Written Answer by Minister for Manpower Mrs Josephine Teo on Wrongful Dismissal Involving Pregnant Employees
NOTICE PAPER NO. 353 OF 2021 FOR THE SITTING ON 10 MAY
QUESTION NO. 943 FOR WRITTEN ANSWER TO QUESTION FOR ORAL ANSWER NOT ANSWERED BY END OF QUESTION TIME
MP: Ms Carrie Tan
To ask the Minister for Manpower (a) since its establishment in April 2017, how many wrongful dismissal cases administered by the Tripartite Alliance for Dispute Management (TADM) involved employees who were pregnant at the time of dismissal; (b) what resources are provided to TADM in considering gender discrimination cases; and (c) how are gender discrimination cases currently being flagged to TADM and how are they evaluated.
- Under the law, female employees are protected against wrongful dismissals at any stage of pregnancy. Since April 2019, when TADM started mediating dismissal disputes, 110 wrongful dismissal claims involving pregnant employees have been lodged.
- In managing wrongful dismissal claims, TADM looks into the circumstances of the dismissal by gathering facts from the employee and the employer. TADM then assesses whether the dismissal claim is substantiated and steers the parties towards a fair settlement. In the majority of cases, employers had sufficient cause to dismiss the pregnant employees due to work performance issues but did not communicate the reasons properly to the employees. For such cases, TADM would explain to employees the lack of basis for their claims but still help them to get closure, such as getting the employer to provide some ex-gratia payments on compassionate grounds. Overall, about 80% of the concluded cases were resolved at TADM. The remaining cases were referred to the Employment Claims Tribunals (ECT) for adjudication – of which 30% resulted in money orders in favour of the employees.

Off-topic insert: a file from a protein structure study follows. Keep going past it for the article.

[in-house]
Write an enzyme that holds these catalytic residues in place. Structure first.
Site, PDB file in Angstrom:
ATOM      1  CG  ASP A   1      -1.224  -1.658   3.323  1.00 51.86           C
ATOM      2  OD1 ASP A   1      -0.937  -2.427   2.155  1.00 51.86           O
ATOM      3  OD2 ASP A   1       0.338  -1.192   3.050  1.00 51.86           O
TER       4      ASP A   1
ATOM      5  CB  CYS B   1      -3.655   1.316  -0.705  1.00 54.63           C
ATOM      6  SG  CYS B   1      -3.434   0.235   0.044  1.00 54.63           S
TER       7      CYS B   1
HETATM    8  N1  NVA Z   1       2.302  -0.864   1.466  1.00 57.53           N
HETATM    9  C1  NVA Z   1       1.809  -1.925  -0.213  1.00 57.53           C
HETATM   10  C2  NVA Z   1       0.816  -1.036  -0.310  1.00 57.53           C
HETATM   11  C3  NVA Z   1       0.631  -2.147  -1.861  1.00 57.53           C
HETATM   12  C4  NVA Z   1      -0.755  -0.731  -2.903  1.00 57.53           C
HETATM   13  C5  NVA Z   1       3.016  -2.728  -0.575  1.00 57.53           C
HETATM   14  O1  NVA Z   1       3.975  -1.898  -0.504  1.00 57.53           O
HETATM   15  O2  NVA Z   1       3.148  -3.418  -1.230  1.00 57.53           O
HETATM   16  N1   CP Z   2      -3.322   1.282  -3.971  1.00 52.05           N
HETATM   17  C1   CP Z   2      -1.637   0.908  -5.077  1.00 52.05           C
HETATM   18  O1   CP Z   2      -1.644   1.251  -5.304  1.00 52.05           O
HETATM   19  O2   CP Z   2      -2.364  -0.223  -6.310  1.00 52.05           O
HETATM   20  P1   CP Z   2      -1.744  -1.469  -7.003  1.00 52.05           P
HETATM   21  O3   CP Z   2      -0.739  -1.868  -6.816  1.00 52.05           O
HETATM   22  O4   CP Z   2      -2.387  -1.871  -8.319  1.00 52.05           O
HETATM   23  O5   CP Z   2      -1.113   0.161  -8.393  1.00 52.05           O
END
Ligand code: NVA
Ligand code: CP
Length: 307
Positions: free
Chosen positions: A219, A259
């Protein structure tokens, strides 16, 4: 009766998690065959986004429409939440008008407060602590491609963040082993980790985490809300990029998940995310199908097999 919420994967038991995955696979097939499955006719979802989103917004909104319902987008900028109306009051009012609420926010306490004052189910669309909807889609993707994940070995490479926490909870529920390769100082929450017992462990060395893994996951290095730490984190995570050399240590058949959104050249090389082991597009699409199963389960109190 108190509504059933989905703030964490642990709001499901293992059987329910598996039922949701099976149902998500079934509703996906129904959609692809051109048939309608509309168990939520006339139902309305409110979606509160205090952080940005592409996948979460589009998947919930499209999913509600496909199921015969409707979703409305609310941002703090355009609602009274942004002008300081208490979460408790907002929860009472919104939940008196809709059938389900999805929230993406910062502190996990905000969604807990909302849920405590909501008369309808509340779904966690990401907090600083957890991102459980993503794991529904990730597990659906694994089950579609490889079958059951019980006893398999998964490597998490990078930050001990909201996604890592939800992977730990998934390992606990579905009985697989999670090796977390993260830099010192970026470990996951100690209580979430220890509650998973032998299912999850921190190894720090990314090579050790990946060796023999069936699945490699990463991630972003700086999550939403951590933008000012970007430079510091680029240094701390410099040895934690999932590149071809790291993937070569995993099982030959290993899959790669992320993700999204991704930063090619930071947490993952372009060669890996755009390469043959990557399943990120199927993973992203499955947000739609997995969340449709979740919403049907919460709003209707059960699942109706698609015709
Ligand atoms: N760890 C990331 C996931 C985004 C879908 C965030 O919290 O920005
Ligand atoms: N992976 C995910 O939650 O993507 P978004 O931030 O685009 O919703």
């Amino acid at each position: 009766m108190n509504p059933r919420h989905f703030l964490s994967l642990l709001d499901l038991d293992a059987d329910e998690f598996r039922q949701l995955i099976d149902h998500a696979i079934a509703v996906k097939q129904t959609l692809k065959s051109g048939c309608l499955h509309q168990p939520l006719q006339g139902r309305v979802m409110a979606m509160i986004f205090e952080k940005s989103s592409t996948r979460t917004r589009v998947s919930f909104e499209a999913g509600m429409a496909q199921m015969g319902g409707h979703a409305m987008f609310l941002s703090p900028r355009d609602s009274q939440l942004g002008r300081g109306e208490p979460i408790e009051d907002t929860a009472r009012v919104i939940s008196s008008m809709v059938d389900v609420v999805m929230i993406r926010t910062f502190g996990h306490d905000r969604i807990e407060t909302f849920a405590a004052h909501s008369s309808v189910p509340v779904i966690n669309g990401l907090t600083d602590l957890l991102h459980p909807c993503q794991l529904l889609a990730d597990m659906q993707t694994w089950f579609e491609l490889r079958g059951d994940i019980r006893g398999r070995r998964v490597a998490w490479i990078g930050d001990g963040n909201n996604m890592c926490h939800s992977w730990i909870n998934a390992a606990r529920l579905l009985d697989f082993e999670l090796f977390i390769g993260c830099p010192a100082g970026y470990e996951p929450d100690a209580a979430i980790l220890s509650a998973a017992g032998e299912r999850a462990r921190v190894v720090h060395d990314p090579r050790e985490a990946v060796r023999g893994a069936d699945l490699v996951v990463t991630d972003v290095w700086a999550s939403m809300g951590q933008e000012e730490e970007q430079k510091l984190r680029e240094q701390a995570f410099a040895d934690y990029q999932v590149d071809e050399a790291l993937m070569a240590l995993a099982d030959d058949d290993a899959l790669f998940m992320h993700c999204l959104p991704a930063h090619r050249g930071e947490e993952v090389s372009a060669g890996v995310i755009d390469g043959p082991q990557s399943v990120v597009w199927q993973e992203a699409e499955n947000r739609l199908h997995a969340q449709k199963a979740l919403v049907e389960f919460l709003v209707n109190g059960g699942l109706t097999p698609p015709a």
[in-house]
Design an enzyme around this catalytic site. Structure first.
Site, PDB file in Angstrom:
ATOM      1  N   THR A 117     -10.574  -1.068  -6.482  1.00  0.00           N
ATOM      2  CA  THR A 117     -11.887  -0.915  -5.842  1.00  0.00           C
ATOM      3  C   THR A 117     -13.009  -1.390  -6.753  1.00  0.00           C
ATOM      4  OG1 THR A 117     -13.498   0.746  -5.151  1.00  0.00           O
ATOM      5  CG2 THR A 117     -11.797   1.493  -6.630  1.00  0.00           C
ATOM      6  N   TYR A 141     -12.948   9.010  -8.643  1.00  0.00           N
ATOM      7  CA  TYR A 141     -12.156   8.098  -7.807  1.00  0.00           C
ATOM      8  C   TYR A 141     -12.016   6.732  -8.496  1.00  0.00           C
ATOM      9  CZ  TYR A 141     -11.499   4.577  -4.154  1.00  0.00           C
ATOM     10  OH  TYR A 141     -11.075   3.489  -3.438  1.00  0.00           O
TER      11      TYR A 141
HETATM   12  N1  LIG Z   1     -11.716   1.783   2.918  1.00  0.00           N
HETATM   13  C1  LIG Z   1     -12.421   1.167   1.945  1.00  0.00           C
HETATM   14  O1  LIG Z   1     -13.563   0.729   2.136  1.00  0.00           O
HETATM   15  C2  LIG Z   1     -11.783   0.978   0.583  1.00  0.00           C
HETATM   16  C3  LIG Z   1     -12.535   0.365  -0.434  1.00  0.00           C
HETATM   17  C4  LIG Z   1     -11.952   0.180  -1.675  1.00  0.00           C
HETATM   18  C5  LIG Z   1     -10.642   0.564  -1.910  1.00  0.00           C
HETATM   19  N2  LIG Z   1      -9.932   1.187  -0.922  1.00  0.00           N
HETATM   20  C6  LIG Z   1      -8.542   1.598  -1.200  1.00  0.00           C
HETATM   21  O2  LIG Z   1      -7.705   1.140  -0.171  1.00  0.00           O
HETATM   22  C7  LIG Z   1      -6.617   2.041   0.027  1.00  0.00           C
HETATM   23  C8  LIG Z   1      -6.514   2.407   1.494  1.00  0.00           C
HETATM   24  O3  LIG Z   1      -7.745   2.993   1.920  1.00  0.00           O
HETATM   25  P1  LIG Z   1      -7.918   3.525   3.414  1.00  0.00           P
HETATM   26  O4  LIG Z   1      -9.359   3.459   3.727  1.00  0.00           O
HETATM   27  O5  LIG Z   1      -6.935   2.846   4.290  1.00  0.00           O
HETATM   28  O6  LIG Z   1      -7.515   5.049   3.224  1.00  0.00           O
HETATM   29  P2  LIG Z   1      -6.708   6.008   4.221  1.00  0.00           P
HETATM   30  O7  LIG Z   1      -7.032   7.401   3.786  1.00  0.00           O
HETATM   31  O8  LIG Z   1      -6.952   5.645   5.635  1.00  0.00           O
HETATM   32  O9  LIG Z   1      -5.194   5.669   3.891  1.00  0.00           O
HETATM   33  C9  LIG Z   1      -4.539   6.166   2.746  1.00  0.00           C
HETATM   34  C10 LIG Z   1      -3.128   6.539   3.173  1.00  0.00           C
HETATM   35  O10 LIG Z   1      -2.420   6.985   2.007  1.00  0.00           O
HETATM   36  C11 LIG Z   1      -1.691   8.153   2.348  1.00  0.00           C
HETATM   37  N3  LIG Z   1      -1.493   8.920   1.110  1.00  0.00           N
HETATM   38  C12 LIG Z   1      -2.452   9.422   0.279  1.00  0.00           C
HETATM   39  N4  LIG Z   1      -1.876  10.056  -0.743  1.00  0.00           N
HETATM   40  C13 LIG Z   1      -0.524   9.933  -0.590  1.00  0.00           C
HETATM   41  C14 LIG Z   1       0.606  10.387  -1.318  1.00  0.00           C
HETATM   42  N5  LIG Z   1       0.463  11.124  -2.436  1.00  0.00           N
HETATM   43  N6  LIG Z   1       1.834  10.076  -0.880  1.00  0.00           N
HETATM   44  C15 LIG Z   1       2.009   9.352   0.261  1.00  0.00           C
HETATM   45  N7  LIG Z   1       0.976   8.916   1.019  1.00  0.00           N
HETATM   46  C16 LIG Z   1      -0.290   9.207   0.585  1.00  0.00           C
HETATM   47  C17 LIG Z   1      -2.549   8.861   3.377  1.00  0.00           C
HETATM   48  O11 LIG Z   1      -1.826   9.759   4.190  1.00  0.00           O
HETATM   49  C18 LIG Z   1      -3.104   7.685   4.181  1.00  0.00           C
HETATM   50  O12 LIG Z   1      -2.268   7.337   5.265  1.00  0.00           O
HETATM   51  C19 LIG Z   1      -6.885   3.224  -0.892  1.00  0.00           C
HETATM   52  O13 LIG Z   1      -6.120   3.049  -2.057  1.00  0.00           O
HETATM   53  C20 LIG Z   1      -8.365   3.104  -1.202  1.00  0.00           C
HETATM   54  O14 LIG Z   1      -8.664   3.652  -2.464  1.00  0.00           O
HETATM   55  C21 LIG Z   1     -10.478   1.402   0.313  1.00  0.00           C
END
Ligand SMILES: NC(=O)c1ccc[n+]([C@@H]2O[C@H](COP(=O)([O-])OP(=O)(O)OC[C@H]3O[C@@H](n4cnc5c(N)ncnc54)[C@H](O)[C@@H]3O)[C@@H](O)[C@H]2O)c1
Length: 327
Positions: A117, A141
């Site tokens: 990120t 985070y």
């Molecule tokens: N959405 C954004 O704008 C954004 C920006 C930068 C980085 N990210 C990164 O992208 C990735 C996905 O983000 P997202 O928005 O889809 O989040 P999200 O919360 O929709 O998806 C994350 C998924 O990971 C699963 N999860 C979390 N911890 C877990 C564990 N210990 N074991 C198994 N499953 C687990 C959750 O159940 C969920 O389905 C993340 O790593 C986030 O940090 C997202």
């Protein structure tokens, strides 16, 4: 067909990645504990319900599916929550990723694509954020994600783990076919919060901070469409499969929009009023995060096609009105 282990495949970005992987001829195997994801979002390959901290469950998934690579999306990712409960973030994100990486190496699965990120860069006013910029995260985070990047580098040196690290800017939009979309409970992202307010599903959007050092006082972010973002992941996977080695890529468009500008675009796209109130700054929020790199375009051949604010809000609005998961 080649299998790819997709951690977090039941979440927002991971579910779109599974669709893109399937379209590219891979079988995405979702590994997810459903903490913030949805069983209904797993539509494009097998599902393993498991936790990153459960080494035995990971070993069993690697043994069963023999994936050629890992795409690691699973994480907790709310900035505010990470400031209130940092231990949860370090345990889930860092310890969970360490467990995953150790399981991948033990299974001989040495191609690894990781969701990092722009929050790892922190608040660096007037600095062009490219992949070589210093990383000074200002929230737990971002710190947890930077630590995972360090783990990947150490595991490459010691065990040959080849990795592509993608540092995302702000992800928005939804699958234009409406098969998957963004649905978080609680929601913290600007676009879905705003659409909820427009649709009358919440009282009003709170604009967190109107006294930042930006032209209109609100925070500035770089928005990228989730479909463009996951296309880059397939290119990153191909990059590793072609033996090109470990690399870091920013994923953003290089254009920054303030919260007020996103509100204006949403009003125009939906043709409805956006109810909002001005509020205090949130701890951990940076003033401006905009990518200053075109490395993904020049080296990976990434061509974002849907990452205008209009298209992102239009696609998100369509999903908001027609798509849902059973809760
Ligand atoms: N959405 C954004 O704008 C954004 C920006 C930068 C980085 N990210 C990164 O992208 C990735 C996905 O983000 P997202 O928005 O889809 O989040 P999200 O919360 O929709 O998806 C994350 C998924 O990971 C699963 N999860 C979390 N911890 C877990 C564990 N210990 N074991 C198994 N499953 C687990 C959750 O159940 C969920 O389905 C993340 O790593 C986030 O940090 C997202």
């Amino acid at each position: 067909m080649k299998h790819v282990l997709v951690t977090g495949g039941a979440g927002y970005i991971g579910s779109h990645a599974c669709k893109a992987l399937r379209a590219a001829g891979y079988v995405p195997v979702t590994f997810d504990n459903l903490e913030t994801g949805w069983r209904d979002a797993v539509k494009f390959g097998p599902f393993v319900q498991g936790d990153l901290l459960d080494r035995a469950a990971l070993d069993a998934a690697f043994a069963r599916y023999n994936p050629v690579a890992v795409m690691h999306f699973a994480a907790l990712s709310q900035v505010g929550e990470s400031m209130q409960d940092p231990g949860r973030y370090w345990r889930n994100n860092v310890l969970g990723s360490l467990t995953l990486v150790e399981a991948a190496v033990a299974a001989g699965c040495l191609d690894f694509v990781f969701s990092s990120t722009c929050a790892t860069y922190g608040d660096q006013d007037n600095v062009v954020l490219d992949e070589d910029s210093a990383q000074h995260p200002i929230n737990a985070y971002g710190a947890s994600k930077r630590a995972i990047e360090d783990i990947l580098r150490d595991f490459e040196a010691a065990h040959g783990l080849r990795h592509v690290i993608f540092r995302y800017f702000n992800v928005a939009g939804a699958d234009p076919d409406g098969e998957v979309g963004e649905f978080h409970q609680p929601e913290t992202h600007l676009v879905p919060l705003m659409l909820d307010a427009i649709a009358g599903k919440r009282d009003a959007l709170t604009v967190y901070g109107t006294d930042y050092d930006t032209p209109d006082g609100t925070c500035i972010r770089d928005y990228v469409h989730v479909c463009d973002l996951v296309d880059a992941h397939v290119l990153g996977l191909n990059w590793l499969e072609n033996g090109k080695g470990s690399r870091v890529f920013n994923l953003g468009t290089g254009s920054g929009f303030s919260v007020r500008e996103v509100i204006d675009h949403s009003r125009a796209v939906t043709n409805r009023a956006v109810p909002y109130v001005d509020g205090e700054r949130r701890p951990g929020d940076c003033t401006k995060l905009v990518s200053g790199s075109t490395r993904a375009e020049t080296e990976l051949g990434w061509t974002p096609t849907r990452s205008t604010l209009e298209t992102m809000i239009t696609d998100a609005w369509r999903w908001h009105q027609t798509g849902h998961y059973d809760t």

- Unlike TADM which mediates disputes on wrongful dismissal, the Tripartite Alliance for Fair and Progressive Employment Practices (TAFEP) focuses on in-employment and pre-employment discrimination cases, such as gender discrimination against jobseekers and employees. For cases where there is evidence of discrimination, TAFEP will refer them to MOM for further investigation. In such investigations, MOM will require employers to account for their actions which include not hiring pregnant jobseekers, and provide evidence to prove that they did not have any discriminatory employment practices. If discrimination were established, depending on the severity of the issues, MOM would take appropriate enforcement actions against the errant employers, from requiring them to rectify the lapses in their HR processes to suspending work pass privileges in the more serious cases.
- MOM takes a serious view of workplace discrimination, including discrimination on the grounds of gender, marital status and family responsibilities. Individuals who feel that they have met with employment discrimination are advised to file a complaint with TAFEP if the alleged discrimination occurred before or during employment, and with TADM if it concerned dismissal.